E&Ps dipped into cash reserves by $8.4 billion in 2018 to fund capital expenditures and shareholder payouts.…View Full Resource
Researchers have been evaluating and documenting the effects of utility energy efficiency programs for decades, and nearly every state in the nation now has policies providing for utility energy efficiency programs. The research shows that these programs have been generally cost-effective and are well-justified as a way to address market failures such as imperfect information, split incentives, externalities such as environmental costs, and regulatory concerns that arise from utility monopoly power.…View Full Resource
Climate change describes the current trend toward higher average global temperatures and
accompanying environmental shifts such as rising sea levels and more severe storms, floods,
droughts, and heat waves. In coming decades, climate change—and efforts to limit that
change and adapt to it—will have increasingly important effects on the U.S. economy. These
effects and their associated risks are relevant considerations for the Federal Reserve in
fulfilling its mandate for macroeconomic and financial stability.…
America has officially entered the “coal cost crossover” – where existing coal is increasingly more expensive than cleaner alternatives. Today, local wind and solar could replace approximately 74 percent of the U.S. coal fleet at an immediate savings to customers. By 2025, this number grows to 86 percent of the coal fleet.
This analysis complements existing research into the costs of clean energy undercutting coal costs, by focusing on which coal plants could be replaced locally (within 35 miles of the existing coal plant) at a saving.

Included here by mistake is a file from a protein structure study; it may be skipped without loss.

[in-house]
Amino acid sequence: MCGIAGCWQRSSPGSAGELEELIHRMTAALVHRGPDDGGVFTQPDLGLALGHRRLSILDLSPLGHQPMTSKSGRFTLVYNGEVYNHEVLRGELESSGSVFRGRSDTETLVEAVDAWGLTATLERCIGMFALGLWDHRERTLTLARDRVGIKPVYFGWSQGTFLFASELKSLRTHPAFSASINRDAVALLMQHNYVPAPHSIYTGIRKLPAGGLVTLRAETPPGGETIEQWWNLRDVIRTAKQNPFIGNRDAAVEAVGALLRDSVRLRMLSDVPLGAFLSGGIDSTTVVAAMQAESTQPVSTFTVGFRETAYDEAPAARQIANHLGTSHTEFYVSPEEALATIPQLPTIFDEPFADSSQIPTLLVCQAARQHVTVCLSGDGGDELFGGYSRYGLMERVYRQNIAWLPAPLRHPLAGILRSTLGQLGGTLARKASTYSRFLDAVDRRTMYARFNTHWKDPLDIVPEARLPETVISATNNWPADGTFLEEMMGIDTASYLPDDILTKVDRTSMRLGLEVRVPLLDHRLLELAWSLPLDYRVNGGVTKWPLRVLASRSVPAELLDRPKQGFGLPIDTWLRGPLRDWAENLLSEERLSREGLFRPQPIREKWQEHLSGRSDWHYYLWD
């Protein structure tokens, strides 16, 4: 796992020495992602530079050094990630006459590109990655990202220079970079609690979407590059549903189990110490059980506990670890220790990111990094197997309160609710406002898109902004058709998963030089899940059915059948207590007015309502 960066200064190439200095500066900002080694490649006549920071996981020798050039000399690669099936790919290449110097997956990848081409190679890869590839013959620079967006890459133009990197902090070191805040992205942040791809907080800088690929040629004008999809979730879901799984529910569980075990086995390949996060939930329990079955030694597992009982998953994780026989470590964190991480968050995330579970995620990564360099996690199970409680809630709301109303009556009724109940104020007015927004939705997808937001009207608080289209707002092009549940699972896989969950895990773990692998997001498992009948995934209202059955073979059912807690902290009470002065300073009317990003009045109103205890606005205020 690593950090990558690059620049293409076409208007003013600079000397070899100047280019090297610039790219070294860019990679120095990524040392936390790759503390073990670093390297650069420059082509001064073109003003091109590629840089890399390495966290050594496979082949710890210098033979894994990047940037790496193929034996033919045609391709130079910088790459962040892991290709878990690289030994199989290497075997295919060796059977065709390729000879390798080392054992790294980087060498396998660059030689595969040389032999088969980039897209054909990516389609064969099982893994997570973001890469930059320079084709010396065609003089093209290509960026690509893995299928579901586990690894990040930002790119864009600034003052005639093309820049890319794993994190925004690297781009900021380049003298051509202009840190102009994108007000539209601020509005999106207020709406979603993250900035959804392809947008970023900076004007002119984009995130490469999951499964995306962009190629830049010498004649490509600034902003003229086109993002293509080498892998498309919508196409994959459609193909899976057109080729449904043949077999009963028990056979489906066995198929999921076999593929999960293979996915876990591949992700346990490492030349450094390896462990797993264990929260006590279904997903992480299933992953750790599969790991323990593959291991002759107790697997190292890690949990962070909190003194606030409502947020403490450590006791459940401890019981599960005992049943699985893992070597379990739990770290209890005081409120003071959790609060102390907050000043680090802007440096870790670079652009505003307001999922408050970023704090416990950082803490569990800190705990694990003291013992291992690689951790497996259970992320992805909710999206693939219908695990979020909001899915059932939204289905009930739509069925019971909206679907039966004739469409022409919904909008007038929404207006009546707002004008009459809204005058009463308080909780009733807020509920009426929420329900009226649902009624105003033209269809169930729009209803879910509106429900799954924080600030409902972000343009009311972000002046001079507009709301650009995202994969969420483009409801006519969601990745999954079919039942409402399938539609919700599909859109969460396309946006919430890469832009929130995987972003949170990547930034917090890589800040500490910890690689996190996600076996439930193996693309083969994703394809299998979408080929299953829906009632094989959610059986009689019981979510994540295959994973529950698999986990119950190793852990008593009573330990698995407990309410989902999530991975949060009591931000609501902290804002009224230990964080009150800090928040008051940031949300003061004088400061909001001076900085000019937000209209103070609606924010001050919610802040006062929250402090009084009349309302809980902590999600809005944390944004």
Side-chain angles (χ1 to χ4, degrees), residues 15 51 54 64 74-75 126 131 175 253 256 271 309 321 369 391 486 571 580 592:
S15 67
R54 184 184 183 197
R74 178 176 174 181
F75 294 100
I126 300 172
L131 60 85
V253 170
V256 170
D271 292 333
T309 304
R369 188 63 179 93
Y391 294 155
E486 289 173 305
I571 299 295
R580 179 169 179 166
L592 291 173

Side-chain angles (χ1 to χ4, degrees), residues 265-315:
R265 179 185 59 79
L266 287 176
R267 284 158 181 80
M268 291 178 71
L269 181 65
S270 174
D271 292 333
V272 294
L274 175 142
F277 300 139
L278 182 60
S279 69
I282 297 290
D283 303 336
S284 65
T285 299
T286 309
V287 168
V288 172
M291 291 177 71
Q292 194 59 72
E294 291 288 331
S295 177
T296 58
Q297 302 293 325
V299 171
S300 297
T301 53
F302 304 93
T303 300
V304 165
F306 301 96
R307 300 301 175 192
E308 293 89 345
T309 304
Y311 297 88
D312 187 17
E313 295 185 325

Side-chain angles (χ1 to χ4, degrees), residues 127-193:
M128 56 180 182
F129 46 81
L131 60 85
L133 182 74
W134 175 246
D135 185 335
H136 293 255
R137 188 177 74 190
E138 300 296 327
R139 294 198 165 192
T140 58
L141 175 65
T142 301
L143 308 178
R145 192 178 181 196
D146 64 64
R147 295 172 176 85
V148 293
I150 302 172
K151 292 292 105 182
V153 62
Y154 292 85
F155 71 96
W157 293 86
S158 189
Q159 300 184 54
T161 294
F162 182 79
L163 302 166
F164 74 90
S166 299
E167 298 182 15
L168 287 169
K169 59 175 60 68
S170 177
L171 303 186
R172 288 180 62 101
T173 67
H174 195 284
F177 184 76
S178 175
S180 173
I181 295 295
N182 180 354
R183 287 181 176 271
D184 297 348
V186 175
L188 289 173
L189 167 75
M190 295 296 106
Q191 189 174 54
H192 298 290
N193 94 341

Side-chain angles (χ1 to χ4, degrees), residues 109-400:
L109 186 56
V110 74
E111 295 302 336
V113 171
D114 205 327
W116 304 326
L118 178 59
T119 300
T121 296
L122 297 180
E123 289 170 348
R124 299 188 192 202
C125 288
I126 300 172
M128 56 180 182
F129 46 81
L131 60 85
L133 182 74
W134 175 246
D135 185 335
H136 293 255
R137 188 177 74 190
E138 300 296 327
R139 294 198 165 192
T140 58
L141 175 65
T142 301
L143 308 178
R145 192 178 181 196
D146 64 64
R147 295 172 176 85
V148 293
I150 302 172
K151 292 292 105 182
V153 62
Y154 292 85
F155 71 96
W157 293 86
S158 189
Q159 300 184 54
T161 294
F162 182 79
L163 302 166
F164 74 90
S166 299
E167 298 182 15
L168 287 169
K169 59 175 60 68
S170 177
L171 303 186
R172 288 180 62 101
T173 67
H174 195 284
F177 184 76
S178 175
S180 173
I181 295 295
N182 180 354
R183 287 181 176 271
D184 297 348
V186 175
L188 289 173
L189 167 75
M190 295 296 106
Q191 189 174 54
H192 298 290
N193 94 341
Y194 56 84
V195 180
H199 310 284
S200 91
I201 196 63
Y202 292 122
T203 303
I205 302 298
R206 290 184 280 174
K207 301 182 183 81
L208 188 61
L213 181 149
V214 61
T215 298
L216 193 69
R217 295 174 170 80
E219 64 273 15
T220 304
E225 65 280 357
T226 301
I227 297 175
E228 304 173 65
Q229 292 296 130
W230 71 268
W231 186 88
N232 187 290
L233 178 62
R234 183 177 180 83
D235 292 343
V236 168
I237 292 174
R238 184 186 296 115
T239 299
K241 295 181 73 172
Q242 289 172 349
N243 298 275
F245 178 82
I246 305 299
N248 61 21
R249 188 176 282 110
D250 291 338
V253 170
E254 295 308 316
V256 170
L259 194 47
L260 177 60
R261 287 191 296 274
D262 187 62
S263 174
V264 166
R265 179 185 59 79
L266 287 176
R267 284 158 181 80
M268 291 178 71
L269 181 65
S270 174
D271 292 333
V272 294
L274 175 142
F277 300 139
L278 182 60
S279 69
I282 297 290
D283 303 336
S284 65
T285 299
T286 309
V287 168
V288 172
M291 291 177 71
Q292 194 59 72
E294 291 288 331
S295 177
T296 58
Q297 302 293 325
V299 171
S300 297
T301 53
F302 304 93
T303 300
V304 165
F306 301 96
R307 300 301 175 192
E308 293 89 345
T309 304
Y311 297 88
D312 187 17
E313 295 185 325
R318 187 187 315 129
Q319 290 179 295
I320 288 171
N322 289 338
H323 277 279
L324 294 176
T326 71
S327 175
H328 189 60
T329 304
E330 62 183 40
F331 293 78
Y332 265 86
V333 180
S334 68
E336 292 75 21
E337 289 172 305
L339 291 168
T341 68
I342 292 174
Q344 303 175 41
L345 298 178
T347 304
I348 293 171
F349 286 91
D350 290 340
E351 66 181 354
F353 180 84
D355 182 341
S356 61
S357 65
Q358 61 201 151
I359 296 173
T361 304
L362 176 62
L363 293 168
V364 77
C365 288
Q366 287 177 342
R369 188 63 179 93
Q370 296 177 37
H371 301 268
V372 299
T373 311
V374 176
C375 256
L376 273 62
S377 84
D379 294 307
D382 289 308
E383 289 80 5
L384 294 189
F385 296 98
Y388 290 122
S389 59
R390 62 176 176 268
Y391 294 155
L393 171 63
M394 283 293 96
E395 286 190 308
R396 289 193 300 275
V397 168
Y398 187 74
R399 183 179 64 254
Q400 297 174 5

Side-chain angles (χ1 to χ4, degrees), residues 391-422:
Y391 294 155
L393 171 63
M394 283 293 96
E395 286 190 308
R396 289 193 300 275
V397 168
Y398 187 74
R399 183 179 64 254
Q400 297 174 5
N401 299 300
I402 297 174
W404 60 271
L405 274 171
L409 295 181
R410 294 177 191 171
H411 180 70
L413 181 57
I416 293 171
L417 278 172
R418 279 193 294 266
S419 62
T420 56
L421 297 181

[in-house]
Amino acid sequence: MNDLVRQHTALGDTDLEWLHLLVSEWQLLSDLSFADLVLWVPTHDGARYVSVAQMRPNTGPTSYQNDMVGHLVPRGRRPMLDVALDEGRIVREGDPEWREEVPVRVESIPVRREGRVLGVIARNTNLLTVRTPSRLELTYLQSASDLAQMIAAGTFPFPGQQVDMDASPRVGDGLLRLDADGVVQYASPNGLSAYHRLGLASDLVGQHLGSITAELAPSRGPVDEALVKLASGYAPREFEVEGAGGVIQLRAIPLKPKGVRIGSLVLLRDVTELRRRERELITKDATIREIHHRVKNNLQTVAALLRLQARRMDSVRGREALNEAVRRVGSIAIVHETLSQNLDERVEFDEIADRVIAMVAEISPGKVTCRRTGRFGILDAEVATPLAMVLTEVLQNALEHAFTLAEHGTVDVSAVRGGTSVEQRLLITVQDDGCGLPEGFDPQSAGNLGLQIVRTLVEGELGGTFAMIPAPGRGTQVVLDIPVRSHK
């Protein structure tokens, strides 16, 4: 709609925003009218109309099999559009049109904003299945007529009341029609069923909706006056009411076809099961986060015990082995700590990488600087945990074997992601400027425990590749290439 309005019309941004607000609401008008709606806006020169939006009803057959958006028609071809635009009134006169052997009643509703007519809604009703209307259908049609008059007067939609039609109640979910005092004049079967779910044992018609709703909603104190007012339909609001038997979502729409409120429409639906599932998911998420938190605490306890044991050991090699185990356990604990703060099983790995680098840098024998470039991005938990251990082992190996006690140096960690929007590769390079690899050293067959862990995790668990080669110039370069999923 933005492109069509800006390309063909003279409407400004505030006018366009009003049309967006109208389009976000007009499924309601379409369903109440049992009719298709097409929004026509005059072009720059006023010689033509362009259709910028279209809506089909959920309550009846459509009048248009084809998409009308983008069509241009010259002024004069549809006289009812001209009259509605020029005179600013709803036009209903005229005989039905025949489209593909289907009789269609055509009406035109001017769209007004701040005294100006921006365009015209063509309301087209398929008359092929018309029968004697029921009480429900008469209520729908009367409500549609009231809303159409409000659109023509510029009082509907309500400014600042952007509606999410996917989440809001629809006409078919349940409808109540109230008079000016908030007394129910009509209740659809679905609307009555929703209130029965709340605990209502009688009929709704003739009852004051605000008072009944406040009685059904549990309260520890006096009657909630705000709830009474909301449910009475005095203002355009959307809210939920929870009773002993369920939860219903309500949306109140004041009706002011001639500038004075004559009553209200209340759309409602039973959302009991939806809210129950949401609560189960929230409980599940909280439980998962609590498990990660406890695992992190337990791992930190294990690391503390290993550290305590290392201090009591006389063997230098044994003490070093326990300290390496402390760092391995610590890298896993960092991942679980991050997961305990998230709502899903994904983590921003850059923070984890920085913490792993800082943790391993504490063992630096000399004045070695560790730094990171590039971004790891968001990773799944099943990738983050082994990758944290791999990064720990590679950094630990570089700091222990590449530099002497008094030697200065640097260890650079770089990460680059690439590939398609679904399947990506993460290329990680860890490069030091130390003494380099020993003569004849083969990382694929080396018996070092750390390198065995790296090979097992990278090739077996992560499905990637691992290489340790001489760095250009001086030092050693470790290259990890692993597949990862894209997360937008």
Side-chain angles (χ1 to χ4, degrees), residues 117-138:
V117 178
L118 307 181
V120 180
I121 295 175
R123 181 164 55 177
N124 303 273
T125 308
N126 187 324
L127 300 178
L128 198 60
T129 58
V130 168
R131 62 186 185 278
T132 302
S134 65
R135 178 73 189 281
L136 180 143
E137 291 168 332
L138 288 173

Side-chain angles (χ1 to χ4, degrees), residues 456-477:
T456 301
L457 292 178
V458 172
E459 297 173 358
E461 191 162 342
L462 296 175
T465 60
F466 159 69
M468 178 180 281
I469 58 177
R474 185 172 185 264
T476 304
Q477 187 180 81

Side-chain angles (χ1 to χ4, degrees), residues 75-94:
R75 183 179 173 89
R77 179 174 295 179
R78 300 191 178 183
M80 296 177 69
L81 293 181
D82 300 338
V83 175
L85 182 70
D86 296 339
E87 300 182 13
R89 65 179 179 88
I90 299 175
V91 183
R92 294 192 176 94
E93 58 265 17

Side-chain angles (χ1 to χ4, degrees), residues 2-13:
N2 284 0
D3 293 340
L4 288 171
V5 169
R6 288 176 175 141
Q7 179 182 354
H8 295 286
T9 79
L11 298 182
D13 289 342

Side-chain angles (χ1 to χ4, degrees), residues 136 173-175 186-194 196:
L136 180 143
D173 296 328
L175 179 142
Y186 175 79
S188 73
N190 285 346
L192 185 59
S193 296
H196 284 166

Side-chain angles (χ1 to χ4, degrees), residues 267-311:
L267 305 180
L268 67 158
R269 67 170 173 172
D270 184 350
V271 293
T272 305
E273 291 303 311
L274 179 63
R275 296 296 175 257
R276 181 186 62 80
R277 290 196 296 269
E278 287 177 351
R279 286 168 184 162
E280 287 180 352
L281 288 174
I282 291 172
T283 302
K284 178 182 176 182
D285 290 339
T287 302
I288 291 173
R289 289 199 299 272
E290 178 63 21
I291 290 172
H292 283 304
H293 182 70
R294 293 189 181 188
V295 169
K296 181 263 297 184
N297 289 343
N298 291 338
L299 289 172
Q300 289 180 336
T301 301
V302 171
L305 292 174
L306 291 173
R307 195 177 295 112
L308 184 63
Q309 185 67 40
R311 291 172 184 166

It suggests local decision-makers should consider plans for a smooth shut-down of these …View Full Resource
The U.S. Fourth National Climate Assessment, released in 2018, concluded that “the impacts of
global climate change are already being felt in the United States and are projected to intensify in
the future—but the severity of future impacts will depend largely on actions taken to reduce
greenhouse gas [GHG] emissions and to adapt to the changes that will occur.” Members of
Congress and stakeholders articulate a wide range of perspectives over what to do, if anything,
about GHG emissions, future climate change, and related impacts. If Congress were to consider
establishing a program to reduce GHG emissions, one option would …
The CSIS Energy Program conducted research, commissioned papers, held a workshop, and developed this report on the changing role of energy in the U.S. economy. The purpose is twofold: (1) improve understanding of how energy impacts the U.S. economy at multiple levels; and (2) evaluate the performance of policies designed to create economic opportunity in the energy sector.
The Report : The research, commissioned papers, and workshop culminated into this final report, The Changing Role of Energy in the U.S. Economy. The report identifies 13 propositions, which represent the emerging energy issues that policymakers might not be aware of and …View Full Resource